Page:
Adobe Accused of Subscription Shadiness

John Lister's picture

The US government is suing Adobe for allegedly tricking users into subscriptions. The Federal Trade Commission (FTC) says the company doesn't do enough to warn users about cancellation charges and makes it too hard to cancel.

The court case is against both Adobe as a company and individually against the company's vice president and its president of digital media business. The key complaint is that Adobe has breached federal consumer protection laws and thus harmed consumers. The individuals are named because they had the authority to make decisions about Adobe's subscriptions policies.

Although the FTC doesn't appear particularly impressed with Adobe's overall practices across its subscription plan, the legal case is focused on a specific situation. It involves the early termination fee for the "Annual, Paid Monthly" plan.

50% Fee to Cancel Subscription

According to the FTC, Adobe doesn't do enough to make clear that the plan involves a one-year commitment and that canceling early is only allowed if the customer pays 50 percent of the money they would have paid through the rest of the year.

The lawsuit accuses Adobe of hiding these details "in fine print and behind optional textboxes and hyperlinks, providing disclosures that are designed to go unnoticed and that most consumers never see." In some cases, key details are only visible if users actively hover a mouse pointer icon over an informational "tool tip".

Cancellation Challenging

The court filings also say Adobe "deters cancellations by employing an onerous and complicated cancellation process" which is also calls "convoluted." It notes that when using the Adobe website "Locating and clicking on a 'Cancel your plan' button does not result in cancellation" and that users must take additional steps that are "wholly unnecessary to complete cancellation." (Source:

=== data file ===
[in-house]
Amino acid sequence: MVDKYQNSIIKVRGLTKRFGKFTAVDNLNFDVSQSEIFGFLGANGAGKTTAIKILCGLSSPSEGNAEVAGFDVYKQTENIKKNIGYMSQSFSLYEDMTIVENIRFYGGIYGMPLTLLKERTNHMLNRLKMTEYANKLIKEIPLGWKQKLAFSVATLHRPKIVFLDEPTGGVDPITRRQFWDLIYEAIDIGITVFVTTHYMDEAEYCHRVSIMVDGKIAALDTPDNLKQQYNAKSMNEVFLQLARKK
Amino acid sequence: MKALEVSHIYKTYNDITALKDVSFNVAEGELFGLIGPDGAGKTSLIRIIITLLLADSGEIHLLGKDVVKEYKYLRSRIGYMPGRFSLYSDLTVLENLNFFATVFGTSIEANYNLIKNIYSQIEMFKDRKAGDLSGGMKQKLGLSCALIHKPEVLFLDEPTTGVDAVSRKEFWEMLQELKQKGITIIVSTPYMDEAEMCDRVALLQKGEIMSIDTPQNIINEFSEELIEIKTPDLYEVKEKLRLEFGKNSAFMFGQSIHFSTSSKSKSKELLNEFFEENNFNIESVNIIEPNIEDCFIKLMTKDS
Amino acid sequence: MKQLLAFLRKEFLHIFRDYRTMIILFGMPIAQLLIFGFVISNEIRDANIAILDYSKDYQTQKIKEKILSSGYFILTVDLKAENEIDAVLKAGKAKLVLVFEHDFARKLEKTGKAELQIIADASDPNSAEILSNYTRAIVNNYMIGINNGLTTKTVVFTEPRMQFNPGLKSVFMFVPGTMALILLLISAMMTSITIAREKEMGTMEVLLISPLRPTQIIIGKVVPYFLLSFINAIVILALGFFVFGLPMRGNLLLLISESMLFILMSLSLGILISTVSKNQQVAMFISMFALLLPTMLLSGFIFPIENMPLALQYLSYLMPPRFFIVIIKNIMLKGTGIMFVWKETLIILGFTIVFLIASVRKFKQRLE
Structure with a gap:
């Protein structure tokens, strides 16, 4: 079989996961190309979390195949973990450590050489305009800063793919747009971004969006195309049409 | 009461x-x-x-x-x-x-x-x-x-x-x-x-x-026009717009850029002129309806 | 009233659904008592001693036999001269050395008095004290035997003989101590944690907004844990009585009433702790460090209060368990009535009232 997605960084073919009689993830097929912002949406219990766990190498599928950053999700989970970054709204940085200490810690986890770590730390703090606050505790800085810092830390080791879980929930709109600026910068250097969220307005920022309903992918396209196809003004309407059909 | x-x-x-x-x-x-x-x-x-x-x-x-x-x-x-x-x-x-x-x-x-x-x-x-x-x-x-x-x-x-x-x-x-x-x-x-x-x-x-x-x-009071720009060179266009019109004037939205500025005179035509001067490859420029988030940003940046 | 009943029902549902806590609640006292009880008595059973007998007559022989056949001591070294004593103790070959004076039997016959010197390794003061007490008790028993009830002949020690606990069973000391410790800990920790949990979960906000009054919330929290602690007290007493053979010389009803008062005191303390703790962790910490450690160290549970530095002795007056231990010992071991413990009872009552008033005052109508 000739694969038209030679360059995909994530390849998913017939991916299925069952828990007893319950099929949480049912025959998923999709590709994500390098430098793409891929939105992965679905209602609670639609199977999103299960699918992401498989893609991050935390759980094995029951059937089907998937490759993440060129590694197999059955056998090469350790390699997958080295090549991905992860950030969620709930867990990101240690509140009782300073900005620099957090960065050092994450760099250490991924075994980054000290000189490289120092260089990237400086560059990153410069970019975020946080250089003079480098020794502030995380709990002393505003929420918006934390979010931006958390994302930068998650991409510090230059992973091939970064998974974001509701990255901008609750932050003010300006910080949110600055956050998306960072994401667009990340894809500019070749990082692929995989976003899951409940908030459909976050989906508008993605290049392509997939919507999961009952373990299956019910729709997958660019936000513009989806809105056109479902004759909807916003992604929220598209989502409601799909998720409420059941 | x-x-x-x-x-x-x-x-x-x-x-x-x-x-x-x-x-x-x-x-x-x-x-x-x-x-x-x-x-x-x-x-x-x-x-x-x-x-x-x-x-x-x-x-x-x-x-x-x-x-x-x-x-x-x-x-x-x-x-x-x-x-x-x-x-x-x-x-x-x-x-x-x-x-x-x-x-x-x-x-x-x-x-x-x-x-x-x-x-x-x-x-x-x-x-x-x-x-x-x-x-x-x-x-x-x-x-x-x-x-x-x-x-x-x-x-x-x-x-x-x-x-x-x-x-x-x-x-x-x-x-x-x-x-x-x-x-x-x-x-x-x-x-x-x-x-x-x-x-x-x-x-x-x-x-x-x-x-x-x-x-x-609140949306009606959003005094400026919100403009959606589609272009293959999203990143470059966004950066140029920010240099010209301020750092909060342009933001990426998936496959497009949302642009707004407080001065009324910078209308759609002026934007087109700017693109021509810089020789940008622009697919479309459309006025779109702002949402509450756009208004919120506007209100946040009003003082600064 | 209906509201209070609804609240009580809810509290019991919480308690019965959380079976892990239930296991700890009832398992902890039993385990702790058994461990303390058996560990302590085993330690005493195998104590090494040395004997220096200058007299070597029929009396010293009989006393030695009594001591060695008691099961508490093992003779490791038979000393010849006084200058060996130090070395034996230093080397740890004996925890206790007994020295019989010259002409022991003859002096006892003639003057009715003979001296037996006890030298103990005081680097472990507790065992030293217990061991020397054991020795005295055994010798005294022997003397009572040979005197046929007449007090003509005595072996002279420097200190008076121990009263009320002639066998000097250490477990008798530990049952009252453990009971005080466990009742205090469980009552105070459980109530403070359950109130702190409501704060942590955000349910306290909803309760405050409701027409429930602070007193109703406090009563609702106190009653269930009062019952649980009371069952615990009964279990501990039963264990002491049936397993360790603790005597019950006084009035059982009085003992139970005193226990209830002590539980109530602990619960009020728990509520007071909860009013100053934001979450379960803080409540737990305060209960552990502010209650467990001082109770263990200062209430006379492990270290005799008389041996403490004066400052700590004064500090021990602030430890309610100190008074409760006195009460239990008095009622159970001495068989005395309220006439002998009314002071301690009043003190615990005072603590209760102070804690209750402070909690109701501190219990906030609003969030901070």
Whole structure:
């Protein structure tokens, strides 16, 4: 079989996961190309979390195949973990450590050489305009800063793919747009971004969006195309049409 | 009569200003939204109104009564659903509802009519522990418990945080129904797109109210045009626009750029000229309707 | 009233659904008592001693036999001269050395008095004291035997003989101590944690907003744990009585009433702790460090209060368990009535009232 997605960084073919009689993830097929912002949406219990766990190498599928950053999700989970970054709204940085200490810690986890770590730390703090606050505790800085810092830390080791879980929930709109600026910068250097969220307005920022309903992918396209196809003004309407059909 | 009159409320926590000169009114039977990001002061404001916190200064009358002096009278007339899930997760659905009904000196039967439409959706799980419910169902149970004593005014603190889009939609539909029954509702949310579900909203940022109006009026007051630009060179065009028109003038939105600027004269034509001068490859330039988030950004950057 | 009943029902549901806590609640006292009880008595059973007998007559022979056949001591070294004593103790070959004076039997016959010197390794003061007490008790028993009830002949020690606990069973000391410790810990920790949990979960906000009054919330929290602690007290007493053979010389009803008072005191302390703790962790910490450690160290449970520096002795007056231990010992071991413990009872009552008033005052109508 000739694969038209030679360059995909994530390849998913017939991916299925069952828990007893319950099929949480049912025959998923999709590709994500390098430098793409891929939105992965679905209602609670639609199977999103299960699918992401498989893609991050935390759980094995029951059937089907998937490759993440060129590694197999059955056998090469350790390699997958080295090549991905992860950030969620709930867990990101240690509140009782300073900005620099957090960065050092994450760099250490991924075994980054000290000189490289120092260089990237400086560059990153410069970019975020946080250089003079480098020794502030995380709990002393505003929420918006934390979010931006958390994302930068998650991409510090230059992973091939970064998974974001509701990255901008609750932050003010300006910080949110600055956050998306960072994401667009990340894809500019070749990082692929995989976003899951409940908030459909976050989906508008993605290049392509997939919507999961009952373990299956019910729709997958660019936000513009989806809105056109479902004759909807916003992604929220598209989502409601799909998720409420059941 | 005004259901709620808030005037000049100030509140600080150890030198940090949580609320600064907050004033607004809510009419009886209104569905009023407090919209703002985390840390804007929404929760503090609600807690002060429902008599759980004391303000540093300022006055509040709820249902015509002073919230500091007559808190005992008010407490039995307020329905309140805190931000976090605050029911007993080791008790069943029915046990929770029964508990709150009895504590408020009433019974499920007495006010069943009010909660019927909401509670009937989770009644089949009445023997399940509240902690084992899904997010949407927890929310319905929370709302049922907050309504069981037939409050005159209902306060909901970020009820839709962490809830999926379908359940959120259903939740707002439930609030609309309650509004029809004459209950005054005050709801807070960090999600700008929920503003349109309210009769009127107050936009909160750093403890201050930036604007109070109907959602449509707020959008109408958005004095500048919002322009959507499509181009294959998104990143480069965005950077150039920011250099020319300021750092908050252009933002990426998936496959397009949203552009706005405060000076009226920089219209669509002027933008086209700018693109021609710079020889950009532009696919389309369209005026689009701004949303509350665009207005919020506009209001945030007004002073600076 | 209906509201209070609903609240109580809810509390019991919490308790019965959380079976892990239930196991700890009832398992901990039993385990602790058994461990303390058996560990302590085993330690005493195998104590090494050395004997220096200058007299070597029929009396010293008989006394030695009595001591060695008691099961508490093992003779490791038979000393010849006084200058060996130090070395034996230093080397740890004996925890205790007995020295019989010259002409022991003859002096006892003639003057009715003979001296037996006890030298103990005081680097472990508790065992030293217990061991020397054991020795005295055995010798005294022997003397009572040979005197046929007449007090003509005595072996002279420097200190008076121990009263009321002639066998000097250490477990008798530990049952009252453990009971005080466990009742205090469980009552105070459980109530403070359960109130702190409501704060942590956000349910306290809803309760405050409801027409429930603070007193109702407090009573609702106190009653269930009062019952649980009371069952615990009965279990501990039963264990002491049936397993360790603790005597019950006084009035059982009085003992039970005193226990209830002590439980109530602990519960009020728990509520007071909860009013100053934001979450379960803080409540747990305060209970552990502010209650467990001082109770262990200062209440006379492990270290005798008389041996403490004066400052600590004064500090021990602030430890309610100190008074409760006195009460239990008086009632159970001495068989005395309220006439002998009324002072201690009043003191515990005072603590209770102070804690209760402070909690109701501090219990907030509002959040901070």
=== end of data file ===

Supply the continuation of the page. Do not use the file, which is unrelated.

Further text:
Meanwhile customers who tried to cancel by phone repeatedly had calls dropped or transferred to different representatives multiple times: "In numerous instances, subscribers who have requested to cancel through Adobe's customer service believe they have successfully cancelled but continue to be charged. Some of these subscribers do not realize for months that Adobe is continuing to charge them, and only learn about the charges when they review their financial accounts."

Adobe responded to the claims with a public statement reading: "We are transparent with the terms and conditions of our subscription agreements and have a simple cancellation process. We will refute the FTC's claims in court." (Source:

What's Your Opinion?

Do you support this lawsuit? Have you ever been caught out by surprise cancellation charges with software? How much responsibility should software companies bear for making charges clear?

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Dennis Faas's picture

Remember when software companies used to produce annual or bi-annual updates? It was not mandatory to upgrade and you could continue to use the older versions for as long as you wanted, provided that it wasn't a major security issue or was no longer compatible with the new and improved version. I really dislike the subscription model unless you're paying for an ongoing service such as Netflix or a phone bill. Subscription for software makes it way too easy for companies to be greedy, and this article is a great example.

drobinson_nc_16614's picture